{Armenia} The Yerevan ‘Cascade’

November 12, 2012


Yerevan Cascade

Yerevan, the capital of Armenia, is an interesting city. It expanded rapidly during the 20th century, evolving from a town of a few thousand residents to Armenia’s cultural and industrial centre with a population of over 1 million. Even in the 21st century it has continued to undergo major transformations. The result is a mixture of wide avenues reminiscent of Parisian boulevards, interspersed with sleepy little lanes, the magnificent opera house sits in the middle surrounded by open air cafes and restaurants that seem to merge in to one. There’s a man-made lake with swans and half a dozen pianos randomly scattered around its shores, and fountains at almost every public square and park, of which there are many.

Yerevan Cascade

But the most impressive feature has to be the ‘Cascade’, a giant stairway designed to join the residential part of the city with the cultural centre. At a 15 degree incline and over 570 steps, a series of sculpture gardens and fountains which stretch along the length of the staircase literally cascade down the hillside and continue into a sculpture park at the bottom.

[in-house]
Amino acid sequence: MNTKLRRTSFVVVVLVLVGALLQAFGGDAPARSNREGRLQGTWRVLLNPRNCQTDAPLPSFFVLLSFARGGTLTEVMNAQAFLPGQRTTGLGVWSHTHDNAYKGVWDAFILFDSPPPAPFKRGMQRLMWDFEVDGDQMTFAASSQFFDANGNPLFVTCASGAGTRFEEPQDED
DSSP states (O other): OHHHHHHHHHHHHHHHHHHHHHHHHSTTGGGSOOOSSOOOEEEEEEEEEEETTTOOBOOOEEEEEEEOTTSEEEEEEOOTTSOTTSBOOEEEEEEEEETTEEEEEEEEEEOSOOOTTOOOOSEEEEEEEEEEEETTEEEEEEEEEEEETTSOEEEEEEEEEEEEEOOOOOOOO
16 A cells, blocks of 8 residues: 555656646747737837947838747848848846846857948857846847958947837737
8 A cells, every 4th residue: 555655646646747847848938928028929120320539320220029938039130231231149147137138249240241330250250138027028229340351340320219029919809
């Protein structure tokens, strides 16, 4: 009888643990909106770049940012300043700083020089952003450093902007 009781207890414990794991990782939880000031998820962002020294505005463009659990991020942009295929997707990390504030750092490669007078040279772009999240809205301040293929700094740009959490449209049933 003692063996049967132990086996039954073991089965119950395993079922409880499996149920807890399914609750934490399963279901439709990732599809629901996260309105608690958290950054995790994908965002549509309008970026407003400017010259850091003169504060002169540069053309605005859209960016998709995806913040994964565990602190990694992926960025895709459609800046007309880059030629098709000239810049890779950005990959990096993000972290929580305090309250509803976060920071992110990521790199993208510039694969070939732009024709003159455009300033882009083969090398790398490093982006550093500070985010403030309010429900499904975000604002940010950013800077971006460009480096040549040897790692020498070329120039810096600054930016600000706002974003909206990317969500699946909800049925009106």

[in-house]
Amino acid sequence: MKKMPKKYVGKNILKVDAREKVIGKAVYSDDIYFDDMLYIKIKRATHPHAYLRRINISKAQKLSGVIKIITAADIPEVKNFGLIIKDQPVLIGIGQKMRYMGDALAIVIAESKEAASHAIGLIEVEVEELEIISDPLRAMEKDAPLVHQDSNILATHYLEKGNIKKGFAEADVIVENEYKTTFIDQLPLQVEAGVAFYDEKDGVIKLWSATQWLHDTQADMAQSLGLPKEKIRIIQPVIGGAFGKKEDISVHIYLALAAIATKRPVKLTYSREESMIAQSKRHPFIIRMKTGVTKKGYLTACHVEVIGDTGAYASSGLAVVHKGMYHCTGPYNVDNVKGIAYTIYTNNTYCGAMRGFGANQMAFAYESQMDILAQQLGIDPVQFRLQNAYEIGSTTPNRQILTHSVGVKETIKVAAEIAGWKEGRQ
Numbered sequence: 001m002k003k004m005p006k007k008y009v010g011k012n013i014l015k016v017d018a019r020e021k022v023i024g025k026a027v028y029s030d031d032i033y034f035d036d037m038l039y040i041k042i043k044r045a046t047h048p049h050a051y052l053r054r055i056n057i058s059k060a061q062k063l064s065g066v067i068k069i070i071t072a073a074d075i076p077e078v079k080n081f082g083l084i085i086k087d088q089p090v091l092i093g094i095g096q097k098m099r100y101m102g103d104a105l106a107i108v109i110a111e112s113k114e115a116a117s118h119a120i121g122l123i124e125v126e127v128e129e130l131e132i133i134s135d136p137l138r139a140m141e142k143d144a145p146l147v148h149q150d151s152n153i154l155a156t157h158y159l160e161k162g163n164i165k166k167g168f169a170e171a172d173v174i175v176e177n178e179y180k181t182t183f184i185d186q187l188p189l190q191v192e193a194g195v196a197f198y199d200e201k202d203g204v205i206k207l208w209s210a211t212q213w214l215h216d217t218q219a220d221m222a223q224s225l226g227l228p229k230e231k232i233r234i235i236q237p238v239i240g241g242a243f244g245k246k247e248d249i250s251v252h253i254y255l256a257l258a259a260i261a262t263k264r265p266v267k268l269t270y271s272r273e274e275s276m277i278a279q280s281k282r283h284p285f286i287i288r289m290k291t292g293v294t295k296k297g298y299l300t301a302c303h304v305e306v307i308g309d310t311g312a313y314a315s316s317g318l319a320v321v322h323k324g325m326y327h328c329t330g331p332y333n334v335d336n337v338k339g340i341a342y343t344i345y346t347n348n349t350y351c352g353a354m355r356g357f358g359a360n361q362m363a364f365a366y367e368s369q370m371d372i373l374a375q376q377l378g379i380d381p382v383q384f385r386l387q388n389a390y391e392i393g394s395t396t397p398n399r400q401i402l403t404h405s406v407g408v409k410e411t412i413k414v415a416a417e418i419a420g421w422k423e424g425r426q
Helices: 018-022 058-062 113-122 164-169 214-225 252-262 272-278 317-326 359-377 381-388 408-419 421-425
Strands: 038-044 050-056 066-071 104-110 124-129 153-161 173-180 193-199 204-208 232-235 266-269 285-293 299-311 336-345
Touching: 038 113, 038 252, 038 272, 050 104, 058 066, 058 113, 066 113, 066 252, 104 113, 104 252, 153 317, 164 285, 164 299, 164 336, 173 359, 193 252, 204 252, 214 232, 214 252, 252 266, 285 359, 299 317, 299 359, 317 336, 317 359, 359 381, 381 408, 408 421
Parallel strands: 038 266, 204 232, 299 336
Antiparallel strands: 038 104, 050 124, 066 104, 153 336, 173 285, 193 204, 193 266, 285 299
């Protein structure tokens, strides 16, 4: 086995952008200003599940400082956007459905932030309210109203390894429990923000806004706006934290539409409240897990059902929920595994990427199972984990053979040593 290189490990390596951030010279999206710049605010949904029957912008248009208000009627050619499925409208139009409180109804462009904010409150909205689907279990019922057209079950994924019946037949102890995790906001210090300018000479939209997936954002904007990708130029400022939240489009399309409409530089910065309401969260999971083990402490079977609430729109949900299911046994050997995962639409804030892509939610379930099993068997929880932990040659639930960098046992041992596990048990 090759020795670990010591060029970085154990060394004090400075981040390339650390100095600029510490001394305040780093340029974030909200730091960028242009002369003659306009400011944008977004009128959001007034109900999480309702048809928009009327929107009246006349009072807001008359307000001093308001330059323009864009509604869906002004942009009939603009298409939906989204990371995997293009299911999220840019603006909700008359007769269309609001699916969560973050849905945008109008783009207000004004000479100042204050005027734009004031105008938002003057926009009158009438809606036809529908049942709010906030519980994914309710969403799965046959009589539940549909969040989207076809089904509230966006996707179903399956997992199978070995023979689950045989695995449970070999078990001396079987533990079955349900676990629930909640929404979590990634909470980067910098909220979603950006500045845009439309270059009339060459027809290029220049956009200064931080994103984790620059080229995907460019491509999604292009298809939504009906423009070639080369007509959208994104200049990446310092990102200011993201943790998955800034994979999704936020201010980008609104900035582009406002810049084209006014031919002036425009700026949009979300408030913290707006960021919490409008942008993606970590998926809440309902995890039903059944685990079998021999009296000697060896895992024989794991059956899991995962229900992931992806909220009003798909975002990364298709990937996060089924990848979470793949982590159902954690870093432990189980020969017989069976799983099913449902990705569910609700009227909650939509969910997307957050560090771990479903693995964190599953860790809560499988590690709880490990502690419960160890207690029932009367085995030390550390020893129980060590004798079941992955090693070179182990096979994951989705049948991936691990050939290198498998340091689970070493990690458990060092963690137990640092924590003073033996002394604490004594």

Yerevan Cascade

If climbing all those steps sounds like too much hard work, there’s a series of escalators on the interior of the staircase that take you almost all the way to the top. You can also access the landings with the sculpture gardens from here, as well as a multitude of rooms that comprise the exhibition galleries of the Cafesjian Center for the Arts, to which the ‘Cascade’ belongs.

Yerevan Cascade

Named after American-Armenian businessman Gerard Cafesjian, who purchased the half finished construction which had fallen victim to the collapse of the USSR, the complex was completely renovated and transformed in the early 2000s. Now it houses a wide variety of exhibitions, derived largely from Cafesjian’s own extensive collection of contemporary art, alongside a diverse programme of temporary exhibitions, visiting lecturers, film screenings and concerts.

Yerevan Cascade

On my last evening in Armenia, we had our conference gala dinner on the top floor of the art centre, overlooking a night-lit Yerevan. What an amazing view, and what a wonderful end to a wonderful week.

View from the top of Yerevan Cascade


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6 Responses to “{Armenia} The Yerevan ‘Cascade’”

  1. Theresa Macaulay Says:

    Wow, that looks incredible!



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